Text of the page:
The most popular of the FN SPR line is the FN A1. Features a pre-'64 Winchester type action with claw extractor, controlled round feed and a three-position safety. The FN A1 has a heavy chrome lined 24" bull barrel. McMillan A3 tactical fiberglass stock and your choice of a detachable box magazine (DBM) or a hinged floorplate (300WSM only available with floorplate).

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FN Special Police RifleFN Special Police Rifle

The FN Sniper Rifle is a Belgian manual bolt action sniper's rifle, based on the standard Mauser bolt action, chambered for the 7.62 mm NATO cartridge which it takes from a 5-round box magazine. The FN Sniper Rifle has a 502 mm long heavy barrel and a muzzle velocity of 850 meters per second.

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F-88 AustyerF-88 Austyer

The Austyer is an Australian produced version of the Austrian-designed Styer AUG. Designed in 1977 the Styer's futuristic 'Bullpup' layout alows for shorter barrels, better concealibilty and longer ranges. The use of advanced plastics in the design have also caused this rifle to be very light. Recoil is realitivly low and the Austyer is easy to aim and quite accurate. The Austyer's frail appearance disguises a very robust weapon.

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Kahr Arms PM-9PM-9

Kahr Arms made a splash several years ago with the introduction of small, sturdy, no-nonsense double-action-only (DAO) pistols. The guns featured nested dual recoil springs and stainless steel construction, and they were solid little performers. However, while they were small dimensionally, they were noticeably heavy. That changed when the company began introducing polymer-frame models. The new guns retained all of the virtues of their heavier predecessors, but were lighter and required even less maintenance. Perhaps most notable in Kahr's now extensive line are the PM9 and PM40. The PM series guns - chambered in 9 mm Lugar and .40 S&W - are the company's smallest polymer-frame pistols. The latest version, 9 mm Lugar-cal. M9094A, features a blackened stainless steel slide matched to a black polymer frame.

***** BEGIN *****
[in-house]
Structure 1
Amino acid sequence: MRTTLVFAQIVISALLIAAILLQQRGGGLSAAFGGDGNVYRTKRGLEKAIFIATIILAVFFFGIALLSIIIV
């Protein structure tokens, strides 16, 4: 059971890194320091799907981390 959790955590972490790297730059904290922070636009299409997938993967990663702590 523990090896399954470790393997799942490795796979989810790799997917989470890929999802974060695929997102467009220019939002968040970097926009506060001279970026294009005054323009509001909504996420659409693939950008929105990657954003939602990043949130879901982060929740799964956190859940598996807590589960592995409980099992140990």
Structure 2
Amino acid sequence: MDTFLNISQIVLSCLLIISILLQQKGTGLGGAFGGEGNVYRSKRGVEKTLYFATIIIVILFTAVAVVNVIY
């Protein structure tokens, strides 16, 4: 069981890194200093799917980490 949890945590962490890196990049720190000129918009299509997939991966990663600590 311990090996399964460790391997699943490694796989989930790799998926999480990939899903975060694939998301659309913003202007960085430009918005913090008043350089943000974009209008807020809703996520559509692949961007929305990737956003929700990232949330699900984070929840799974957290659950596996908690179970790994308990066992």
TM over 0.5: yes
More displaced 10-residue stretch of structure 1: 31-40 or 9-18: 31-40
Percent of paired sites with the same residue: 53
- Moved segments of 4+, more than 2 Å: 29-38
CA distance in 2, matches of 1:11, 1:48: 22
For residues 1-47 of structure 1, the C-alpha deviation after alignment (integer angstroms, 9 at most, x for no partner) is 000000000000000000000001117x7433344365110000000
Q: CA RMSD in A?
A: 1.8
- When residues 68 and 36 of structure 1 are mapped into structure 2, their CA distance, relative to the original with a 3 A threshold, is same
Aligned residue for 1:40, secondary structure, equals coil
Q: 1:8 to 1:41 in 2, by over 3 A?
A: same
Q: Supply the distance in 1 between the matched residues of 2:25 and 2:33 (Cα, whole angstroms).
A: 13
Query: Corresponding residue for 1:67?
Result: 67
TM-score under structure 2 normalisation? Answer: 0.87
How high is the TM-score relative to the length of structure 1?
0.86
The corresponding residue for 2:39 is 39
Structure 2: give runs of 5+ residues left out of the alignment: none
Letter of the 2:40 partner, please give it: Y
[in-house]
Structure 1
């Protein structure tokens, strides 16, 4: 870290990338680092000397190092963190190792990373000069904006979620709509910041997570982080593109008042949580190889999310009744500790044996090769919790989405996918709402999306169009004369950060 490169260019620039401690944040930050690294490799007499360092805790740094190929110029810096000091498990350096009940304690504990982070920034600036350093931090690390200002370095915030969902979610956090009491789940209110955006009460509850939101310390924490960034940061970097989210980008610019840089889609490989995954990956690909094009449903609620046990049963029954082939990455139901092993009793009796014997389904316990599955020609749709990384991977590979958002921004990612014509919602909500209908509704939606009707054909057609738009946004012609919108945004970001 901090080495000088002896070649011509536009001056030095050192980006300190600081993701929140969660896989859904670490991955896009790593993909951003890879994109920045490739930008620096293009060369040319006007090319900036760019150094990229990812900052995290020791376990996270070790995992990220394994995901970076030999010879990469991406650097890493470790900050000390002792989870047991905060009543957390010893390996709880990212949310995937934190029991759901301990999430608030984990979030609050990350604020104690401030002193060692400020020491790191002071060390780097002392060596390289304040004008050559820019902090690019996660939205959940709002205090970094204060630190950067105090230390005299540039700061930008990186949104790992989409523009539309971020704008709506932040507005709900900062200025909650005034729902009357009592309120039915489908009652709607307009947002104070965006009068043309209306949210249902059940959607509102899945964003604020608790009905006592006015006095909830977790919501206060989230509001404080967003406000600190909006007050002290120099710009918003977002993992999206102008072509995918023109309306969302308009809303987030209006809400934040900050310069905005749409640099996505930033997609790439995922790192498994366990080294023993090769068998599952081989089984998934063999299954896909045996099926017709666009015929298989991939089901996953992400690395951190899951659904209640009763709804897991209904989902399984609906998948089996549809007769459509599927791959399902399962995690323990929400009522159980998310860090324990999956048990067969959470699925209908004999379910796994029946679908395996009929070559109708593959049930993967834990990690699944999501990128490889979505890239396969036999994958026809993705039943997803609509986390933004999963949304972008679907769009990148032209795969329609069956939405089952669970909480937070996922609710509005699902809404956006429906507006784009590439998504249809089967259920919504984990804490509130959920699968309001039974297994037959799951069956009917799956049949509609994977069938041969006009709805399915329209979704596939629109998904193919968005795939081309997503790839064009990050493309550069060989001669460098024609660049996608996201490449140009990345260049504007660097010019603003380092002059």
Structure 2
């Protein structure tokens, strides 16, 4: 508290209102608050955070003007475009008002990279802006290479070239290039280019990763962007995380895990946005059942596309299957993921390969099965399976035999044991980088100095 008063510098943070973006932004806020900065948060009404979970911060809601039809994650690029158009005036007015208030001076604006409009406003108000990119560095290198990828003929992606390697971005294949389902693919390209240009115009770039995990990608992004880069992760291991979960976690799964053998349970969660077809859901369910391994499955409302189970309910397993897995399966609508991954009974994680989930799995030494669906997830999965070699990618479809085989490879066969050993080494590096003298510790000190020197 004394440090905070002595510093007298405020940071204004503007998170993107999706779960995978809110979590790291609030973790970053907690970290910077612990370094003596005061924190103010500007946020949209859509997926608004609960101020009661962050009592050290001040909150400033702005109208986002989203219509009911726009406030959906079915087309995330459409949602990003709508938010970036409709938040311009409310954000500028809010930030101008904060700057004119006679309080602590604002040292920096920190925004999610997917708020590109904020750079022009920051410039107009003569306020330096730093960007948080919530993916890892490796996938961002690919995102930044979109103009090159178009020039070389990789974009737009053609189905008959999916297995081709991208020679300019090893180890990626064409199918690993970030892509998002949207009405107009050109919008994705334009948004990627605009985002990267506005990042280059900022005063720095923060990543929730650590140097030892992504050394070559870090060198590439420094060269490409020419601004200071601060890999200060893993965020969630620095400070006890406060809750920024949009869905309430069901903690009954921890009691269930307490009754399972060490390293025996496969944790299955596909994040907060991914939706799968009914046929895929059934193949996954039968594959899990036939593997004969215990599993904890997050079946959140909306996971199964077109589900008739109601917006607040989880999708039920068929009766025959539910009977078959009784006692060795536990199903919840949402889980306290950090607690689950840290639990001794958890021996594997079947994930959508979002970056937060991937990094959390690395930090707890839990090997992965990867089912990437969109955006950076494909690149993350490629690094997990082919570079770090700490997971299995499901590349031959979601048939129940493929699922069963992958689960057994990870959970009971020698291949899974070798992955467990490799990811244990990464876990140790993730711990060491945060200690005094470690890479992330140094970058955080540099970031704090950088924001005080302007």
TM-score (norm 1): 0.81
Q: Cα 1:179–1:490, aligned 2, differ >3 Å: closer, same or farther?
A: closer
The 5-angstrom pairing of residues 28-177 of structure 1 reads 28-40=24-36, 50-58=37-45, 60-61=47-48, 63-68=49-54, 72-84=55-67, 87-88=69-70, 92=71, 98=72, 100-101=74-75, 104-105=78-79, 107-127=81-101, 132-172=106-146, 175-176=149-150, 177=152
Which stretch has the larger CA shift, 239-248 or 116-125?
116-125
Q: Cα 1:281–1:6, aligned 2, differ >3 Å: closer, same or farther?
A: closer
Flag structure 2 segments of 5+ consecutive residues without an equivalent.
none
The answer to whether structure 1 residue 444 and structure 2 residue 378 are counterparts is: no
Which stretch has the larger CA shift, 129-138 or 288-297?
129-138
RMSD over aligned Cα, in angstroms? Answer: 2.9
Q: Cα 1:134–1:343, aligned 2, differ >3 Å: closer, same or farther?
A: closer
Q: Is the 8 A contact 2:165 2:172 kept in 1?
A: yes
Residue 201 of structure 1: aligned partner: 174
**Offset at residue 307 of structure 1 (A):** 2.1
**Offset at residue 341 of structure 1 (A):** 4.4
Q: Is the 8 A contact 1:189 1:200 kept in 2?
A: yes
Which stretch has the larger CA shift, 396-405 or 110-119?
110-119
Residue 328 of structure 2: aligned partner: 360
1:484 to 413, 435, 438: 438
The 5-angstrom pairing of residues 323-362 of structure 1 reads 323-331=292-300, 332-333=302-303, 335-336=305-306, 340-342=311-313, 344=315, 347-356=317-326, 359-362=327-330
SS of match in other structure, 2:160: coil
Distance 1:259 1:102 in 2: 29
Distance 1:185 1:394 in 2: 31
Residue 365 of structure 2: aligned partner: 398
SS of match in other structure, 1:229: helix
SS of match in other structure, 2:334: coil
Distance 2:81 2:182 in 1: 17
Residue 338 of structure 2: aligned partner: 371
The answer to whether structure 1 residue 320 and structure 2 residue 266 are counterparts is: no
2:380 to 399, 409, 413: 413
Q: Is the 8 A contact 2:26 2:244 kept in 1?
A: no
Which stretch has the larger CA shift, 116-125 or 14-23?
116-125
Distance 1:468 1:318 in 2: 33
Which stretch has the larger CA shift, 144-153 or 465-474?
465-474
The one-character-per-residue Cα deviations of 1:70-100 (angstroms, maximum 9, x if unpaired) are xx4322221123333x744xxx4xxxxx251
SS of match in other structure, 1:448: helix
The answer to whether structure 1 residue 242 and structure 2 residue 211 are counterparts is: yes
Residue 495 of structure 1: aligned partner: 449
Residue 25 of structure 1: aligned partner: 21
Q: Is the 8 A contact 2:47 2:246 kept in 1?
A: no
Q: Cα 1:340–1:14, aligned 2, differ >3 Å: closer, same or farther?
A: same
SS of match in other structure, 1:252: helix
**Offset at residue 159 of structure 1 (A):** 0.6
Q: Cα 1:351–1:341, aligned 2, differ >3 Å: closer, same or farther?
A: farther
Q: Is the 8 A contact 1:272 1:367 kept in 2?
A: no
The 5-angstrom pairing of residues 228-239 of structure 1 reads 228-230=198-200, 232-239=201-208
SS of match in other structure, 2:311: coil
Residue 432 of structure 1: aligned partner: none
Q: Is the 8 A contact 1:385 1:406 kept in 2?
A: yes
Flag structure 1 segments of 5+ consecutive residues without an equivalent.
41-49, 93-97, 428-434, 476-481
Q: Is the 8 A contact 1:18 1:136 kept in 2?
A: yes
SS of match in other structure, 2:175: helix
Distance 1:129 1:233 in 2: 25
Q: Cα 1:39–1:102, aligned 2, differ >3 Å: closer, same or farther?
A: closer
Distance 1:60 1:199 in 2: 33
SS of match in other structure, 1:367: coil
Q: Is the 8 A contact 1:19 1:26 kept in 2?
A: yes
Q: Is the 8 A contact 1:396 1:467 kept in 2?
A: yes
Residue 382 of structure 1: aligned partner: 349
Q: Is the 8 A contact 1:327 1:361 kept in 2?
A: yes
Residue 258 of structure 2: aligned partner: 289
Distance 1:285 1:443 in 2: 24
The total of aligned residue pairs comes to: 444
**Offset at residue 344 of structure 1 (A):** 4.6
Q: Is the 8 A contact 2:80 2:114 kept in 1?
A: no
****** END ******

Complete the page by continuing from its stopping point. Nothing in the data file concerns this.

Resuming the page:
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Robar’s Xtreme Metal Frame GlockRobar’s Xtreme Metal Frame Glock

The Glock first appeared not much more than 20 years ago and in an astonishingly short time reached near-iconic status. It dominates the US police duty market, is used by military organizations all over the world, and is wildly popular with private citizens, both for personal defense and competition.

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REC7 BarrettREC7 Barrett

The REC7 (formerly known as the M468)[1] is the designation for an upgrade to the M16/M4. The REC7 is manufactured by Barrett Firearms Company, who are probably best known for producing the M82 .50 caliber sniper rifle.

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SKSSKS

The SKS is a Russian 7.62x39mm caliber semi-automatic carbine, designed in 1945 by Sergei Gavrilovich Simonov. SKS is an acronym for Samozaryadniy Karabin sistemi Simonova (Russian: Самозарядный карабин системы Симонова), 1945 (Self-loading Carbine, Simonov's system, 1945), or SKS 45. The SKS carbine was rather quickly phased out of first-line service, replaced by the AK-47, but remained in second-line service for decades afterwards. It remains a ceremonial arm even today. It was widely exported and produced by the former Eastern Bloc nations, as well as China, where it was designated the "Type 56" (and, in modified form, the "Type 68"), East Germany as the "Karabiner S" and in North Korea as the "Type 63". It is today popular on the civilian surplus market in many countries. The SKS was the first weapon chambered for the 7.62x39mm M43 round later used in the AK-47 and RPK.